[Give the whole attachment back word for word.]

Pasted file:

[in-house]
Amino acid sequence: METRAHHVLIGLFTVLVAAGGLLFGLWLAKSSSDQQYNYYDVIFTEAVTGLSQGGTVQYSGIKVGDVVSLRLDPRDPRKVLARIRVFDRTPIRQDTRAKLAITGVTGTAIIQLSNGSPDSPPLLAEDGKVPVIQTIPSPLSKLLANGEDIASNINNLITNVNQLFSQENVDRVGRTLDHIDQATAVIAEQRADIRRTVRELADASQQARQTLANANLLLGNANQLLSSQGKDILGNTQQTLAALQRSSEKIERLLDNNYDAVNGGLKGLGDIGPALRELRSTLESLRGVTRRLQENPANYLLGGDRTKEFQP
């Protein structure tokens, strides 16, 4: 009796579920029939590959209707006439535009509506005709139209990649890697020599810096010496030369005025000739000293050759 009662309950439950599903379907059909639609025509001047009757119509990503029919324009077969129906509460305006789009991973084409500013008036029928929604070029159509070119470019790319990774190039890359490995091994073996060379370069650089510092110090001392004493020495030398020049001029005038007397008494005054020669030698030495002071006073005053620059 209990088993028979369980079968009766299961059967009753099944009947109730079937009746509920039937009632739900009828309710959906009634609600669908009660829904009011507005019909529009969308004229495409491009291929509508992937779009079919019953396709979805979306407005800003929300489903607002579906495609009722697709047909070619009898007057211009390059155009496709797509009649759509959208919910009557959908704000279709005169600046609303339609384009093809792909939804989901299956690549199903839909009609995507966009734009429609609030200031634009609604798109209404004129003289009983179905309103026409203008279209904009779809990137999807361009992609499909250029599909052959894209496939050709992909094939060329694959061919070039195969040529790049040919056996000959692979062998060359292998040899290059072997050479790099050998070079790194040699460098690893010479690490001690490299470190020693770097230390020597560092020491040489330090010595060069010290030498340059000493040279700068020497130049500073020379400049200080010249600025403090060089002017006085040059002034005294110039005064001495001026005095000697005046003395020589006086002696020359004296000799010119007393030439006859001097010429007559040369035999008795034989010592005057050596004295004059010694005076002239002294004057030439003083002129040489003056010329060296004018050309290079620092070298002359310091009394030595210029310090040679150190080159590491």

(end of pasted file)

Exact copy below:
[in-house]
Amino acid sequence: METRAHHVLIGLFTVLVAAGGLLFGLWLAKSSSDQQYNYYDVIFTEAVTGLSQGGTVQYSGIKVGDVVSLRLDPRDPRKVLARIRVFDRTPIRQDTRAKLAITGVTGTAIIQLSNGSPDSPPLLAEDGKVPVIQTIPSPLSKLLANGEDIASNINNLITNVNQLFSQENVDRVGRTLDHIDQATAVIAEQRADIRRTVRELADASQQARQTLANANLLLGNANQLLSSQGKDILGNTQQTLAALQRSSEKIERLLDNNYDAVNGGLKGLGDIGPALRELRSTLESLRGVTRRLQENPANYLLGGDRTKEFQP
């Protein structure tokens, strides 16, 4: 009796579920029939590959209707006439535009509506005709139209990649890697020599810096010496030369005025000739000293050759 009662309950439950599903379907059909639609025509001047009757119509990503029919324009077969129906509460305006789009991973084409500013008036029928929604070029159509070119470019790319990774190039890359490995091994073996060379370069650089510092110090001392004493020495030398020049001029005038007397008494005054020669030698030495002071006073005053620059 209990088993028979369980079968009766299961059967009753099944009947109730079937009746509920039937009632739900009828309710959906009634609600669908009660829904009011507005019909529009969308004229495409491009291929509508992937779009079919019953396709979805979306407005800003929300489903607002579906495609009722697709047909070619009898007057211009390059155009496709797509009649759509959208919910009557959908704000279709005169600046609303339609384009093809792909939804989901299956690549199903839909009609995507966009734009429609609030200031634009609604798109209404004129003289009983179905309103026409203008279209904009779809990137999807361009992609499909250029599909052959894209496939050709992909094939060329694959061919070039195969040529790049040919056996000959692979062998060359292998040899290059072997050479790099050998070079790194040699460098690893010479690490001690490299470190020693770097230390020597560092020491040489330090010595060069010290030498340059000493040279700068020497130049500073020379400049200080010249600025403090060089002017006085040059002034005294110039005064001495001026005095000697005046003395020589006086002696020359004296000799010119007393030439006859001097010429007559040369035999008795034989010592005057050596004295004059010694005076002239002294004057030439003083002129040489003056010329060296004018050309290079620092070298002359310091009394030595210029310090040679150190080159590491």